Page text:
Clinton math

Hillary Clinton's campaign is now arguing for a different count of the total number of Democratic delegates.

By Alex Koppelman
May 6, 2008 10:27PM (UTC)
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Recently, Barack Obama's campaign has started something of a new tradition. Every time it picks up a new delegate in its favor, it sends out an e-mail that's a countdown for when Obama will have enough delegates to wrap up the Democratic presidential nomination. Hillary Clinton's campaign, meanwhile, is apparently trying to change the math involved in that countdown.

The generally accepted number of total Democratic delegates is 2,025. But the Clinton camp has apparently been using a different total lately -- 2,209 (or 2,208, depending upon whom you ask). That count assumes that the disputed delegates from Florida and Michigan have been seated, which the Clinton campaign has been pushing for.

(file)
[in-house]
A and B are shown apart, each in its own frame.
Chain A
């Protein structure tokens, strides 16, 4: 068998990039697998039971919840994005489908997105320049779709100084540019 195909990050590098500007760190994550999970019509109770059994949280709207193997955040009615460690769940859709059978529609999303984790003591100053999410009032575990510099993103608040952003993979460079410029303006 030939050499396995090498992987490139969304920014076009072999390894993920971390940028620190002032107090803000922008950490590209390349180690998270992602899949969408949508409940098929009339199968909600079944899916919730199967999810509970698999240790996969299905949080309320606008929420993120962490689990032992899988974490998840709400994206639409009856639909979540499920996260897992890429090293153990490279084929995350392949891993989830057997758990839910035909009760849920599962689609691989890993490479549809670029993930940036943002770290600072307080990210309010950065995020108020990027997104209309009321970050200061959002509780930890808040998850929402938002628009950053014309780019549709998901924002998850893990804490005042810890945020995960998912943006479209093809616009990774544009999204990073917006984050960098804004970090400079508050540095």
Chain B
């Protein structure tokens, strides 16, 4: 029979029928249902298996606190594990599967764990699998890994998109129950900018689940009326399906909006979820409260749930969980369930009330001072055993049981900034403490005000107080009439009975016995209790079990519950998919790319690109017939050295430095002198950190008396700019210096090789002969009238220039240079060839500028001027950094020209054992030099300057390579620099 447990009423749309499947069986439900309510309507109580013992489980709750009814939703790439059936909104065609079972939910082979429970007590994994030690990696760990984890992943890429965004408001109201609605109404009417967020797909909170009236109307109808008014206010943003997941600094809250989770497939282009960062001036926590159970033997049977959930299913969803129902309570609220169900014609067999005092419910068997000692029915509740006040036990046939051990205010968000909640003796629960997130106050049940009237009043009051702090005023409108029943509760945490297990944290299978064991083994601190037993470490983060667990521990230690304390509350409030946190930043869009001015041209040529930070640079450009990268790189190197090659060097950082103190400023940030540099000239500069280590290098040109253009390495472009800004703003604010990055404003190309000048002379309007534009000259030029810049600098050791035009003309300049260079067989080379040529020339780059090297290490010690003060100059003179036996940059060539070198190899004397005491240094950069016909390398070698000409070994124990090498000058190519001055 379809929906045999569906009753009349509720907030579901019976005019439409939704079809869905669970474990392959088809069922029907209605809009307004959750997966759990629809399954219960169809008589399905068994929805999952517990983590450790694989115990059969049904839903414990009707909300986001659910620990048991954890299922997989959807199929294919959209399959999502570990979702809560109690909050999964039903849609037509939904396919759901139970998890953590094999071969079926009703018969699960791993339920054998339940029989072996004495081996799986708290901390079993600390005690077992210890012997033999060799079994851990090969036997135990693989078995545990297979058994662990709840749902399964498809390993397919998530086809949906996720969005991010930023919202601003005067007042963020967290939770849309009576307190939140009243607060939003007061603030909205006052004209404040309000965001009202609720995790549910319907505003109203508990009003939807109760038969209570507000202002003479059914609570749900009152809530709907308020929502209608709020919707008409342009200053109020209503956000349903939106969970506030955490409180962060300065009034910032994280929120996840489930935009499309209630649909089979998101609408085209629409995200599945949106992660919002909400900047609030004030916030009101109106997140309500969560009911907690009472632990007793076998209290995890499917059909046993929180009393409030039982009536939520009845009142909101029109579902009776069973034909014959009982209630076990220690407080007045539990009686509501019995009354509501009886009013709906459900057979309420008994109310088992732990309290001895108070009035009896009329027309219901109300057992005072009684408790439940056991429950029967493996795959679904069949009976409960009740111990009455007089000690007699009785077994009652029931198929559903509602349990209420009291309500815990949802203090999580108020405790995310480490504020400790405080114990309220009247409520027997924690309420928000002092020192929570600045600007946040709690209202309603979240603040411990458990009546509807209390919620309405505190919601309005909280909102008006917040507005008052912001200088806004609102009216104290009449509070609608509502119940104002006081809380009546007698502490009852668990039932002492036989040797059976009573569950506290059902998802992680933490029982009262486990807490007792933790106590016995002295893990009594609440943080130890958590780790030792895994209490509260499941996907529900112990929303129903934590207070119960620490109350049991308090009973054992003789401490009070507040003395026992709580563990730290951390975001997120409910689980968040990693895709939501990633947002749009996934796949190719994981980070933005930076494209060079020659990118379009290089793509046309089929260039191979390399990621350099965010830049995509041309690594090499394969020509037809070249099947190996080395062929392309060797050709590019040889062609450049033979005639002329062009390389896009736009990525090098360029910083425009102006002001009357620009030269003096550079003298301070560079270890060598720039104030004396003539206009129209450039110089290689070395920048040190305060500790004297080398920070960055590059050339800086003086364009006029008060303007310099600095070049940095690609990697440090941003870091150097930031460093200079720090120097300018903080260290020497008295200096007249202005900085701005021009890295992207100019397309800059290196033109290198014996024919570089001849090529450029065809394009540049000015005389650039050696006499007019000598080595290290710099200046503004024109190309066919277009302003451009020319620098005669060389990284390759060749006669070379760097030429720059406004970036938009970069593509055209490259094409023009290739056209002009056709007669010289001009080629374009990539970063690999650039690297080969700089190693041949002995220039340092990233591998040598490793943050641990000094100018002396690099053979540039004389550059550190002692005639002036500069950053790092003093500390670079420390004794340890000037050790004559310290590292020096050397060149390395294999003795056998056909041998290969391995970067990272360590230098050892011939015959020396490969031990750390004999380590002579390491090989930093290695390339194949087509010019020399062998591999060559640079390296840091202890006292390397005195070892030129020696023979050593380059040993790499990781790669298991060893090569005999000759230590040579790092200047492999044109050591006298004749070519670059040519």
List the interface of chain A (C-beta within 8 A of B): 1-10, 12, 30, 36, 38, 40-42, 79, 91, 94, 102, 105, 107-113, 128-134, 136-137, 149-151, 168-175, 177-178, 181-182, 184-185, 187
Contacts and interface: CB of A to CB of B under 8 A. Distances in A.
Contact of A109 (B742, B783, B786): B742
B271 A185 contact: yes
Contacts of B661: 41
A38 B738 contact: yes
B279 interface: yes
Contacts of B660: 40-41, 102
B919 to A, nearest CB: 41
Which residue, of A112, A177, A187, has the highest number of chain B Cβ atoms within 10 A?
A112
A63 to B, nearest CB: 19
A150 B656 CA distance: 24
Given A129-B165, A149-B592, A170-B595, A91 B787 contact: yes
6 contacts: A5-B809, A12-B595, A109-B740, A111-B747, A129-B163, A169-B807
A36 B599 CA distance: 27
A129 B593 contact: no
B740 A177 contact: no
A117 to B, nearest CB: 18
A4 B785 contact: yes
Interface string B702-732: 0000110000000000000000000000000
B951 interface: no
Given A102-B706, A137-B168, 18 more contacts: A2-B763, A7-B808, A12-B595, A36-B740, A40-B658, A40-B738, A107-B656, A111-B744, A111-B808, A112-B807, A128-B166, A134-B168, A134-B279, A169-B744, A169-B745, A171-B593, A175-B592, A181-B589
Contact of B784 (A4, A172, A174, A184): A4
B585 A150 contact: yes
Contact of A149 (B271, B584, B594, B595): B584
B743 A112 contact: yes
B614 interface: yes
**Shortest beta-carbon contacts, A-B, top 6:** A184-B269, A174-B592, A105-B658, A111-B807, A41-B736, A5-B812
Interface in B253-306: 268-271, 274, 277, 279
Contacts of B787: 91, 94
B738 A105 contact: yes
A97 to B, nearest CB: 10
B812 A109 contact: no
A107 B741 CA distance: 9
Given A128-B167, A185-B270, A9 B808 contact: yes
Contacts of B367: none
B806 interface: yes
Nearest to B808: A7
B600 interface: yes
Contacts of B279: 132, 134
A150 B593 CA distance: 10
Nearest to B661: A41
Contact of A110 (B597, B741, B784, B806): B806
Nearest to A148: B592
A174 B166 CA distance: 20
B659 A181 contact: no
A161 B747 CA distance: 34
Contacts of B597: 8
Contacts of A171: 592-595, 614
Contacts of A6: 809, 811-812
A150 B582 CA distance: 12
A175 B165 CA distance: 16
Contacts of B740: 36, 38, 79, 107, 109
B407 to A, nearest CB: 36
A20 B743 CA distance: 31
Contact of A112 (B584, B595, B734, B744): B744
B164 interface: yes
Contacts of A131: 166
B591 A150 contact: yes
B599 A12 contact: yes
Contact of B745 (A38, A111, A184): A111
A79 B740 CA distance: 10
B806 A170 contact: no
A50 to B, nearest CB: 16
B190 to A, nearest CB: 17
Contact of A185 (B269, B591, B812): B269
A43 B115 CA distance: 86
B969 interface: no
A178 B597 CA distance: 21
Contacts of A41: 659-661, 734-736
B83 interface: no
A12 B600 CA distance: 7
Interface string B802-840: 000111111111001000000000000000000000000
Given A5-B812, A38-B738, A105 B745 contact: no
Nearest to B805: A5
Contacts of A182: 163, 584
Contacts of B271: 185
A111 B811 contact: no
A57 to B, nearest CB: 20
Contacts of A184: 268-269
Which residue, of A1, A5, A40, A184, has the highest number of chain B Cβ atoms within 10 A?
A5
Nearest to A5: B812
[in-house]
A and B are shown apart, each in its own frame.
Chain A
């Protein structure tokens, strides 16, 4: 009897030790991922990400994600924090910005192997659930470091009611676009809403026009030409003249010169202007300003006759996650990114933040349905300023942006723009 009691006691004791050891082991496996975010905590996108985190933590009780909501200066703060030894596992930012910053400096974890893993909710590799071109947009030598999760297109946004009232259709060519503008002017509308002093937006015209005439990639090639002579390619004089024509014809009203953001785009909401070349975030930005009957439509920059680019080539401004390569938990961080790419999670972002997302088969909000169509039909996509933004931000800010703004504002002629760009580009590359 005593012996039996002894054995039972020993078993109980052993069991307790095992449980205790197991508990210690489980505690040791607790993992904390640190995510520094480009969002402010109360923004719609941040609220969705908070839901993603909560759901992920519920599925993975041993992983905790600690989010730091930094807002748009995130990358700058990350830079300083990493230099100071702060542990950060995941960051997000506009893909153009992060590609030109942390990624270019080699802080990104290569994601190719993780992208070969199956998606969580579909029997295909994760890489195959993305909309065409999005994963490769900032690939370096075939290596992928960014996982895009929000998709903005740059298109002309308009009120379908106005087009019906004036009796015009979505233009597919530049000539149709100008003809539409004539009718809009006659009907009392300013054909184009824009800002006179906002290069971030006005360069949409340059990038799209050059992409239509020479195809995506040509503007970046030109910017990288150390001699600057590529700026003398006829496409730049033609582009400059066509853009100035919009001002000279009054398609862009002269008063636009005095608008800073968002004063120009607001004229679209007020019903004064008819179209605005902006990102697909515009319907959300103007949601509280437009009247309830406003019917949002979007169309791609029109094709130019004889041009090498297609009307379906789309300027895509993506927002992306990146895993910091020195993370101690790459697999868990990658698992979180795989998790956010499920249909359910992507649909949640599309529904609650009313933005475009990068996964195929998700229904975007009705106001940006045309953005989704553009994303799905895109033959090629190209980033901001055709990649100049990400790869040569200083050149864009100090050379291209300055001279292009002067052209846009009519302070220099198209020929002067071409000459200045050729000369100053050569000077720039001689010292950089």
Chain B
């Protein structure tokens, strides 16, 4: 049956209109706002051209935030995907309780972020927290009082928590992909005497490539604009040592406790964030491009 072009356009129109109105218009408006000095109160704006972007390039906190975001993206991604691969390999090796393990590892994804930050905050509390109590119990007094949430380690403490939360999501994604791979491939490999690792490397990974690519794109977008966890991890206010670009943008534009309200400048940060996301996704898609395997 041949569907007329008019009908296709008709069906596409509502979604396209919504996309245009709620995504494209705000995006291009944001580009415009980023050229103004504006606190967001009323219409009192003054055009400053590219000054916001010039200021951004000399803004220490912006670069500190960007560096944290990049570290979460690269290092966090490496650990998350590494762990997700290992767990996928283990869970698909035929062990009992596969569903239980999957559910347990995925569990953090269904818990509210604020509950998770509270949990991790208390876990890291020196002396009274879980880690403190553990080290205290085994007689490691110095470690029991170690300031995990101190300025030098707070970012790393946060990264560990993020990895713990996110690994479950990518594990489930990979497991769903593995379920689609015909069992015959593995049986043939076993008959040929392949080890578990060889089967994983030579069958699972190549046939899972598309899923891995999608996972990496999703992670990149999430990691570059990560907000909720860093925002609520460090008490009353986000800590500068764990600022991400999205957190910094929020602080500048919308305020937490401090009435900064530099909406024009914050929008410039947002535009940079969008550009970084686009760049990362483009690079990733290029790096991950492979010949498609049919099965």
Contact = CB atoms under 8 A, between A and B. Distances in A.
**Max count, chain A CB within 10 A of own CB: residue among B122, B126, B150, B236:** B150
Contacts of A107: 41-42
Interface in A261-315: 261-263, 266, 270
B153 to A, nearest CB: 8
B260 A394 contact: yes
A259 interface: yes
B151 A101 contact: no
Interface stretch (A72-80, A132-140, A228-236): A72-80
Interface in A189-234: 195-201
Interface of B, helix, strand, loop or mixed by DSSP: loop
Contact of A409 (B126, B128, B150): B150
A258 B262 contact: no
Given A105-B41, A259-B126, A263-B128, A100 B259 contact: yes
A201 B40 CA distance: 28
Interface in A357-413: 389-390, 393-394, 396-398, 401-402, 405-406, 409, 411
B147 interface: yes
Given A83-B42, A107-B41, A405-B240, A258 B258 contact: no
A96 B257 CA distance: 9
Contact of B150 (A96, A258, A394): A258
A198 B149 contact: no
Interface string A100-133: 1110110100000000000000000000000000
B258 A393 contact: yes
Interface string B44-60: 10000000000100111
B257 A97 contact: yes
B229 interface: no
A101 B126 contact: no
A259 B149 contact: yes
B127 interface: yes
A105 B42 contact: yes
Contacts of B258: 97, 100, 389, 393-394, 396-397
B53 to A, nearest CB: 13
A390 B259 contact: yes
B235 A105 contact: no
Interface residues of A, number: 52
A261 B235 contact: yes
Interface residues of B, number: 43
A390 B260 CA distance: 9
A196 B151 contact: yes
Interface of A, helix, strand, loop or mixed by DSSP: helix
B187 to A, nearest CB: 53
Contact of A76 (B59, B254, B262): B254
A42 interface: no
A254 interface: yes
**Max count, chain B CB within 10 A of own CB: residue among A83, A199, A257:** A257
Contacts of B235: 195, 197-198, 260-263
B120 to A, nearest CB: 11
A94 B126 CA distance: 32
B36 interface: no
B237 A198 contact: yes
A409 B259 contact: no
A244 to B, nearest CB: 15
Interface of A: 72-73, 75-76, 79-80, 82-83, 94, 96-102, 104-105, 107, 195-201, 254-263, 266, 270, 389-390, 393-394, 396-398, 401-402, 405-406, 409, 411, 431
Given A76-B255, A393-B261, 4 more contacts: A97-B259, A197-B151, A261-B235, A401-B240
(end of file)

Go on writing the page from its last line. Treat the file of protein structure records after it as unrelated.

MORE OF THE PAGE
On Tuesday, the Washington Times reported on this new math. Reporter Christina Bellantoni wrote:

Top Clinton aides said the nominee must win based on a tally that includes delegates from Florida and Michigan, which held January primaries that were disqualified by party rules. The campaign's "Delegate Hub" Web site identifies 2,208 as the total delegates needed to be nominated, or 183 more than the threshold of 2,025 set by the Democratic National Committee's rules.

"That's what we believe is the standard for deciding this -- who has the majority of the total delegates including Michigan and Florida to decide the nomination," said Clinton strategist Geoff Garin.

Asked about this on Tuesday, the candidate confirmed that she too is working with her campaign's new math, saying, "I think it's 2,209."

Update: Sorry, should have been clearer when I wrote this post -- the first sentence of the second paragraph should actually read "The generally accepted number of total delegates needed to win the Democratic nomination is 2,025."

Alex Koppelman

Alex Koppelman is a staff writer for Salon.

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